thyroid cancer

It may be a small, butterfly-shaped gland in your neck, but the thyroid — and conditions associated with it — can affect your whole body. For instance, the thyroid produces hormones that help regulate your:

  • Heart rate
  • Blood pressure
  • Weight

Once fairly rare, thyroid cancer is becoming more common in the United States, possibly due to increased awareness of the disease and advances in screening technology. Indeed, most cases are detected during a physical exam or through diagnostic imaging tests.

Types of Thyroid Cancer

There are four main thyroid cancer types:

Papillary. The most common form of thyroid cancer, this condition occurs in the follicular cells of the thyroid gland, which produce and store thyroid hormone. It typically affects women ages 20 to 40 and has a good prognosis.

Follicular. This form of cancer also originates in the follicular cells. It is more likely to occur in women, particularly those over age 50, and is slightly more aggressive than papillary cancer.

Medullary. A less-common type of thyroid cancer, this form occurs in cells called C cells and often has a genetic component.

Anaplastic. This rare form of cancer usually affects older adults and can grow rapidly.

Many people with thyroid cancer don’t experience any signs of the disease. When symptoms do occur, they can include:

  • Difficulty swallowing
  • Neck or throat pain
  • A hoarse voice
  • A lump that can be felt when touching the neck

Thyroid Cancer Is A Treatable Disease

When it comes to thyroid cancer, there’s good news: The majority of cases can be cured with treatment, especially if they are caught early. There are a number of treatment options available, including:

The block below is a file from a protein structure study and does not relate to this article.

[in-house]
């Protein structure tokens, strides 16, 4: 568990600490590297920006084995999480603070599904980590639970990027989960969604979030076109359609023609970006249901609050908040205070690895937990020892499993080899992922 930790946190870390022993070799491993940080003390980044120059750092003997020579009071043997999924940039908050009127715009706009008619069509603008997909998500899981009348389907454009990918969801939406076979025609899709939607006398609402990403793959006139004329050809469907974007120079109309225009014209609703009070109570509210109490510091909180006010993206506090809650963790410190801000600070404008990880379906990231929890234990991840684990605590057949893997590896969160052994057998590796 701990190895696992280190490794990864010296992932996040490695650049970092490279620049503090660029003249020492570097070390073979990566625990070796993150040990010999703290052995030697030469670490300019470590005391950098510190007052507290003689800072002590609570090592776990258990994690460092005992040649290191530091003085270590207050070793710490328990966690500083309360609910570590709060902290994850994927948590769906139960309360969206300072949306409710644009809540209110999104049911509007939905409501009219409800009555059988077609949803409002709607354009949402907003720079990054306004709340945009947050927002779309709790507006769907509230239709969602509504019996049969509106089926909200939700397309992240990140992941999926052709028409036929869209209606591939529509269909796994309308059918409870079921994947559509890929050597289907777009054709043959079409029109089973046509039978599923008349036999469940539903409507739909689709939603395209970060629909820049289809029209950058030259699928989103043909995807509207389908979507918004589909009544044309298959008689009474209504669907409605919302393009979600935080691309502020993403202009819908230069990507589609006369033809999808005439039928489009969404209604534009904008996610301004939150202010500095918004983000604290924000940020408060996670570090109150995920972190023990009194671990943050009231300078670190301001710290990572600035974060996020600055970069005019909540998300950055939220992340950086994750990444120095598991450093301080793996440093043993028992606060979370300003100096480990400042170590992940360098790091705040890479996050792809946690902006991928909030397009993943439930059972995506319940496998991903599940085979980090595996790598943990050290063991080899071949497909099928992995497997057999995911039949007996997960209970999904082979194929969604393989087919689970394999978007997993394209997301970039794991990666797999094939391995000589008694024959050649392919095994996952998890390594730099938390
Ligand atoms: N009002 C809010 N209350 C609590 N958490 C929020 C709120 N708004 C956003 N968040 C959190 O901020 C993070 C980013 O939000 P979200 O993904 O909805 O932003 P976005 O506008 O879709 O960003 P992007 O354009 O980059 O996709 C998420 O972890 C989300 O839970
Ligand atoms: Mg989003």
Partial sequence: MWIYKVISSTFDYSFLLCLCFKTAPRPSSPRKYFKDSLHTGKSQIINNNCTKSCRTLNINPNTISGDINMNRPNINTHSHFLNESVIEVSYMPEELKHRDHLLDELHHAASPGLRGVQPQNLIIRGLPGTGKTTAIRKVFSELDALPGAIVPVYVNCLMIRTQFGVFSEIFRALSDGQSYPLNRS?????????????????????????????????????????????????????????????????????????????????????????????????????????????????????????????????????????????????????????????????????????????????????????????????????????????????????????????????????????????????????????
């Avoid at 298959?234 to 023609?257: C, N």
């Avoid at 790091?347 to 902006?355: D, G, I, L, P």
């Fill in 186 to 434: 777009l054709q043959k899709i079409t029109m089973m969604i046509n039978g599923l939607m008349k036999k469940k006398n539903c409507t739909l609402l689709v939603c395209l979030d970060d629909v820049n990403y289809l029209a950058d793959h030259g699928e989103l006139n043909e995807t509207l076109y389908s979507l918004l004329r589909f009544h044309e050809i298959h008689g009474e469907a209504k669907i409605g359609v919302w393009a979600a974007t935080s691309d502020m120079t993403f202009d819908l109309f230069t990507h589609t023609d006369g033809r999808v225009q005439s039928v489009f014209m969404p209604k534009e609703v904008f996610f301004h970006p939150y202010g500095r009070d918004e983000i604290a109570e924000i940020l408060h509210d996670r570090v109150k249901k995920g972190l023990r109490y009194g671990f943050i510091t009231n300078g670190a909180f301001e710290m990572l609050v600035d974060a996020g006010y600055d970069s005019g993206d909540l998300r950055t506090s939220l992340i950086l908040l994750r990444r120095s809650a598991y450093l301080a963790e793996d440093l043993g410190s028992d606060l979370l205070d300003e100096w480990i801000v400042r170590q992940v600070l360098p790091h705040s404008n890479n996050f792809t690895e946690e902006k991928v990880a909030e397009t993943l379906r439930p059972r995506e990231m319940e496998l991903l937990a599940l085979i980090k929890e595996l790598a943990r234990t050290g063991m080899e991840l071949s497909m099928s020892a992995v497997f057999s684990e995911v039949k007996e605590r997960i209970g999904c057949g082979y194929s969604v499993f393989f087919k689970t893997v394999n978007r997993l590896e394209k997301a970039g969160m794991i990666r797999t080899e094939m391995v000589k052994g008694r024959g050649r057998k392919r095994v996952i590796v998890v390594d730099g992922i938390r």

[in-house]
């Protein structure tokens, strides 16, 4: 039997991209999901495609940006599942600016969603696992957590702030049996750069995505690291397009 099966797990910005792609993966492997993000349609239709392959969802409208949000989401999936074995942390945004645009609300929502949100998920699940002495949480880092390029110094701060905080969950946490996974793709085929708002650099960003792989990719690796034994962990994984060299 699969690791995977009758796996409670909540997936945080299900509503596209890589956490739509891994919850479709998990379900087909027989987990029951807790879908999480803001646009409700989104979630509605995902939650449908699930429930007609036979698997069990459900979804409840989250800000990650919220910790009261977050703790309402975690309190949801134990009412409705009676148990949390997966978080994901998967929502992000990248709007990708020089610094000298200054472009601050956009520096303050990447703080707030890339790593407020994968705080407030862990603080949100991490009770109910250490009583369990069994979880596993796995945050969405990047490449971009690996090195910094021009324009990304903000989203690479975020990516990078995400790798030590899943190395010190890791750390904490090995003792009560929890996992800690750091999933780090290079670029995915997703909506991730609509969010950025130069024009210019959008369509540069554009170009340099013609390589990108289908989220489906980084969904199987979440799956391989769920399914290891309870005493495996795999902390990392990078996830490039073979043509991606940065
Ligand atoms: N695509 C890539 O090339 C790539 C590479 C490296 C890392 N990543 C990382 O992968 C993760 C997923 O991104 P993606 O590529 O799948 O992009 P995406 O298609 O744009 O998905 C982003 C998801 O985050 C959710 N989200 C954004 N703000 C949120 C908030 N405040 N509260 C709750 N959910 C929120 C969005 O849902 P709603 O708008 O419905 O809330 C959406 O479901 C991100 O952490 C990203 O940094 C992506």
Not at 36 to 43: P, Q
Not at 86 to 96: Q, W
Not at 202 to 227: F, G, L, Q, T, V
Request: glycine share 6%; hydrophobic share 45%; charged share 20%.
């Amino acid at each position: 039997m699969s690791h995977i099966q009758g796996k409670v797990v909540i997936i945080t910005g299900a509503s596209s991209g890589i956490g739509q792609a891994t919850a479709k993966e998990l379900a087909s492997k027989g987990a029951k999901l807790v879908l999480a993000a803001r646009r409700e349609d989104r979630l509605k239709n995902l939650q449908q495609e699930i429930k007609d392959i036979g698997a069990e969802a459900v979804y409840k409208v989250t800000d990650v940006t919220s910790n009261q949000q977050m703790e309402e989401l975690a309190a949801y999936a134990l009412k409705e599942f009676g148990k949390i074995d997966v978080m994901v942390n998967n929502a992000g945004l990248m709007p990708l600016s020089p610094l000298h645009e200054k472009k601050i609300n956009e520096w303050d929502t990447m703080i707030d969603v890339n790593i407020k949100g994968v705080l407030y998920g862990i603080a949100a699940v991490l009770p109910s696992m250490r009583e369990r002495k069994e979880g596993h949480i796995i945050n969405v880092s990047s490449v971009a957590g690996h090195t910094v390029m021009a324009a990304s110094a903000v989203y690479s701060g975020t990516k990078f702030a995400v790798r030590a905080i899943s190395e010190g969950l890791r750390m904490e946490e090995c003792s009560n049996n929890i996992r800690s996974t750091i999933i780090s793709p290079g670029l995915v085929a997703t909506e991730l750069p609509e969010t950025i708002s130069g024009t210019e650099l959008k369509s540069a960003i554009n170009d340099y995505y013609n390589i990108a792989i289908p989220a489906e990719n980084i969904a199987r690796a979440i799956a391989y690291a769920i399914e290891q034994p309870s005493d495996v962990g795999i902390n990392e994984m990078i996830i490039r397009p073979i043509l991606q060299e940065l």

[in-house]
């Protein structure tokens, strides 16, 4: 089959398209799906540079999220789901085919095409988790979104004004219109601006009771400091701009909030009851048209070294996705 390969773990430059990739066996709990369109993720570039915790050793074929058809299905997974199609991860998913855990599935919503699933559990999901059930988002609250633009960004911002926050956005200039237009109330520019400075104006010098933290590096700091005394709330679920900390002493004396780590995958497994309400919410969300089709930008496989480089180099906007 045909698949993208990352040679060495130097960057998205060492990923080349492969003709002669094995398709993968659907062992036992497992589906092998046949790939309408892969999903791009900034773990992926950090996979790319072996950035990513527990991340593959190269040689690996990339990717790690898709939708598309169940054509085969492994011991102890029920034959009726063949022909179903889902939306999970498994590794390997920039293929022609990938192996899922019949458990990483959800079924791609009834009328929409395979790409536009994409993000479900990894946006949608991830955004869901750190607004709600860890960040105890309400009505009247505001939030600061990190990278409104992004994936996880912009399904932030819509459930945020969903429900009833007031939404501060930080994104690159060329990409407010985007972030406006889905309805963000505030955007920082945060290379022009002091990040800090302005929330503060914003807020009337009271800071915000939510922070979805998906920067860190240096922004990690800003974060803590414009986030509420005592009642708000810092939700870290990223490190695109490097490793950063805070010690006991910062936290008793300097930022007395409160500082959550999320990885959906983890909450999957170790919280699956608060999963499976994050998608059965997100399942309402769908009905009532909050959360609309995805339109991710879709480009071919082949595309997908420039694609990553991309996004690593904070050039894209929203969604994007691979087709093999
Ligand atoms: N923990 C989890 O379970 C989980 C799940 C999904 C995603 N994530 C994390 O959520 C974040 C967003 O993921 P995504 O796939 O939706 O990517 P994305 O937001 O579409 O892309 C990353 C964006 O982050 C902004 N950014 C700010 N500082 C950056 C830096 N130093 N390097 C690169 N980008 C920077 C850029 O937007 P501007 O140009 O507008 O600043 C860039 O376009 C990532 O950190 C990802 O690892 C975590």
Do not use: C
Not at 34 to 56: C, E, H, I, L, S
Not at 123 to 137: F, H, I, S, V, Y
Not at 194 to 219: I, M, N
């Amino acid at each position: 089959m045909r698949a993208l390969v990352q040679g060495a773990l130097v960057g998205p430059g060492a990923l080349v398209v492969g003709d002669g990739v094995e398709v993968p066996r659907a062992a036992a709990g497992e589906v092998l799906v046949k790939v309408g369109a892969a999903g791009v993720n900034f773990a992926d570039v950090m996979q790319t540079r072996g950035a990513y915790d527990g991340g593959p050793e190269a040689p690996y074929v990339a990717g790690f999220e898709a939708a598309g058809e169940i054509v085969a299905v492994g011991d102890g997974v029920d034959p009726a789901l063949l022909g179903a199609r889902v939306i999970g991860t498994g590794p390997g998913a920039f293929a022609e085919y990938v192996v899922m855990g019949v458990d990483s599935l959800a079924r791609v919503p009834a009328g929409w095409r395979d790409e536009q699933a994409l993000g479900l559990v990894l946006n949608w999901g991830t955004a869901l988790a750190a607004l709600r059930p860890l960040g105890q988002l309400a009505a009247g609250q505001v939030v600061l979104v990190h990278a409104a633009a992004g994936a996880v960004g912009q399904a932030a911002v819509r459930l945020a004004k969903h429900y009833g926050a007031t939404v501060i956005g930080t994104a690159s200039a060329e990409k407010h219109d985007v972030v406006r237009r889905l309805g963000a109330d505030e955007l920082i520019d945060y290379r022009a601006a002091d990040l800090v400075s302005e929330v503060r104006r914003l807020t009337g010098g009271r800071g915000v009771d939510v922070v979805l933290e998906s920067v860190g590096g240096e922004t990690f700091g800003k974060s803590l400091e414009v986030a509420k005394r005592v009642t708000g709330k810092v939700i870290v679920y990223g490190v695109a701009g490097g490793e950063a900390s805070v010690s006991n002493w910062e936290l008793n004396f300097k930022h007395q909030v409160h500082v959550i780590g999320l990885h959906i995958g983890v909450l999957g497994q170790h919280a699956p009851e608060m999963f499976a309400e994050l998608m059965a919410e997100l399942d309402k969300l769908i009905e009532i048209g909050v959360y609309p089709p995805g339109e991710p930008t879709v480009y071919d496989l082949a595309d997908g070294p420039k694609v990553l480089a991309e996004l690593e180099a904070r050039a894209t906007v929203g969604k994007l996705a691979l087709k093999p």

• Surgery: Most people with thyroid cancer end up having some or all of their thyroid gland surgically removed. Your surgeon may also remove lymph nodes in the neck to determine whether cancer has spread. Following surgery, you must take thyroid hormone medication (such as levothyroxine) for the rest of your life.
  • Radiation: Radioactive iodine therapy may be used to destroy remaining cancerous tissue following surgery or to treat cancer that has spread or recurred. It involves taking high doses of radioactive iodine in pill or liquid form. External beam radiation therapy is an option for people who can’t undergo surgery, whose cancer has not responded to other treatments, of whose cancer has spread to the bones.
  • Medication: If you have advanced thyroid cancer, your physician may recommend drugs that directly target cancerous cells.

Your physician can help you weigh the risks and benefits of these and other approaches to determine the type of treatment that’s best for you.

If you have questions about cancer and cancer risks, visit the UPMC Hillman Cancer Center online or schedule an appointment with an expert.